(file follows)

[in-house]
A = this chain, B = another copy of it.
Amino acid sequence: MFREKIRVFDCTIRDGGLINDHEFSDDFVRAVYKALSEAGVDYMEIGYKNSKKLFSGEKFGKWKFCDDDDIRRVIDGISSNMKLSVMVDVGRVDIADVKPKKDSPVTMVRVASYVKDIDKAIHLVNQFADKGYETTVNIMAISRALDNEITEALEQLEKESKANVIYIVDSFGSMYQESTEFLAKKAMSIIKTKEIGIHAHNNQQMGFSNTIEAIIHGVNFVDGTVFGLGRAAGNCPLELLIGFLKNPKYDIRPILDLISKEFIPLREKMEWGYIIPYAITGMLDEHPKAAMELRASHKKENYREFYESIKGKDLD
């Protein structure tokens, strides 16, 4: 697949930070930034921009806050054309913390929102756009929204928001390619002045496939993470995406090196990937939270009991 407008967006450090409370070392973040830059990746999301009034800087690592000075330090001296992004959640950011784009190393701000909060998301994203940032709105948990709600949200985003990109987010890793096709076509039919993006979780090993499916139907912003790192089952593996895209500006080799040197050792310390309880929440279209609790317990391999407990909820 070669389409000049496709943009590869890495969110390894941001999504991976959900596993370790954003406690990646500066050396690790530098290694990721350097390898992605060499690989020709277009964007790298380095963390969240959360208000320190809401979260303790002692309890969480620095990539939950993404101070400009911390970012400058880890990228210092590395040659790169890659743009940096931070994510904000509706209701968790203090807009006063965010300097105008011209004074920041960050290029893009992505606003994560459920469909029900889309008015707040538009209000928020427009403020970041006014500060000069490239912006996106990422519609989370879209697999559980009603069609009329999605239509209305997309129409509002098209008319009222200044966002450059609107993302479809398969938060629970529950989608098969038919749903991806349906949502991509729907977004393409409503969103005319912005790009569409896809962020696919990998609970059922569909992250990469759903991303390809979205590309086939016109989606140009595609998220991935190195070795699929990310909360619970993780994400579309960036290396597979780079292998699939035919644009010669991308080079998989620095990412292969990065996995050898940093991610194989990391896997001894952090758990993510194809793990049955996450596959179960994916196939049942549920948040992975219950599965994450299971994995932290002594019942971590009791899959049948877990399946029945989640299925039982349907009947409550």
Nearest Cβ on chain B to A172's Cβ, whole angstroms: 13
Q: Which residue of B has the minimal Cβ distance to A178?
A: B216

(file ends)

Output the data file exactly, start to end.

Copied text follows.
[in-house]
A = this chain, B = another copy of it.
Amino acid sequence: MFREKIRVFDCTIRDGGLINDHEFSDDFVRAVYKALSEAGVDYMEIGYKNSKKLFSGEKFGKWKFCDDDDIRRVIDGISSNMKLSVMVDVGRVDIADVKPKKDSPVTMVRVASYVKDIDKAIHLVNQFADKGYETTVNIMAISRALDNEITEALEQLEKESKANVIYIVDSFGSMYQESTEFLAKKAMSIIKTKEIGIHAHNNQQMGFSNTIEAIIHGVNFVDGTVFGLGRAAGNCPLELLIGFLKNPKYDIRPILDLISKEFIPLREKMEWGYIIPYAITGMLDEHPKAAMELRASHKKENYREFYESIKGKDLD
């Protein structure tokens, strides 16, 4: 697949930070930034921009806050054309913390929102756009929204928001390619002045496939993470995406090196990937939270009991 407008967006450090409370070392973040830059990746999301009034800087690592000075330090001296992004959640950011784009190393701000909060998301994203940032709105948990709600949200985003990109987010890793096709076509039919993006979780090993499916139907912003790192089952593996895209500006080799040197050792310390309880929440279209609790317990391999407990909820 070669389409000049496709943009590869890495969110390894941001999504991976959900596993370790954003406690990646500066050396690790530098290694990721350097390898992605060499690989020709277009964007790298380095963390969240959360208000320190809401979260303790002692309890969480620095990539939950993404101070400009911390970012400058880890990228210092590395040659790169890659743009940096931070994510904000509706209701968790203090807009006063965010300097105008011209004074920041960050290029893009992505606003994560459920469909029900889309008015707040538009209000928020427009403020970041006014500060000069490239912006996106990422519609989370879209697999559980009603069609009329999605239509209305997309129409509002098209008319009222200044966002450059609107993302479809398969938060629970529950989608098969038919749903991806349906949502991509729907977004393409409503969103005319912005790009569409896809962020696919990998609970059922569909992250990469759903991303390809979205590309086939016109989606140009595609998220991935190195070795699929990310909360619970993780994400579309960036290396597979780079292998699939035919644009010669991308080079998989620095990412292969990065996995050898940093991610194989990391896997001894952090758990993510194809793990049955996450596959179960994916196939049942549920948040992975219950599965994450299971994995932290002594019942971590009791899959049948877990399946029945989640299925039982349907009947409550």
Nearest Cβ on chain B to A172's Cβ, whole angstroms: 13
Q: Which residue of B has the minimal Cβ distance to A178?
A: B216